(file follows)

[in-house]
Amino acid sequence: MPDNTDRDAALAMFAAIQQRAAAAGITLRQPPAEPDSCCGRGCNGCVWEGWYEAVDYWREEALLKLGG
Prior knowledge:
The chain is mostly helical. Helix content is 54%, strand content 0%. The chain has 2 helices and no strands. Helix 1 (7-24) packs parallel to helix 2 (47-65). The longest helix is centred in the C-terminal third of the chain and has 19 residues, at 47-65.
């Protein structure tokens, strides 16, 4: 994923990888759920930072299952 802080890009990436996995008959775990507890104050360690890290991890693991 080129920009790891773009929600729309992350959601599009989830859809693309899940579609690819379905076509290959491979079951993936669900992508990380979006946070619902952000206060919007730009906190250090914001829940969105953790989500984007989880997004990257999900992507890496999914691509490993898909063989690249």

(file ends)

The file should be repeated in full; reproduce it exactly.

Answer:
[in-house]
Amino acid sequence: MPDNTDRDAALAMFAAIQQRAAAAGITLRQPPAEPDSCCGRGCNGCVWEGWYEAVDYWREEALLKLGG
Prior knowledge:
The chain is mostly helical. Helix content is 54%, strand content 0%. The chain has 2 helices and no strands. Helix 1 (7-24) packs parallel to helix 2 (47-65). The longest helix is centred in the C-terminal third of the chain and has 19 residues, at 47-65.
């Protein structure tokens, strides 16, 4: 994923990888759920930072299952 802080890009990436996995008959775990507890104050360690890290991890693991 080129920009790891773009929600729309992350959601599009989830859809693309899940579609690819379905076509290959491979079951993936669900992508990380979006946070619902952000206060919007730009906190250090914001829940969105953790989500984007989880997004990257999900992507890496999914691509490993898909063989690249």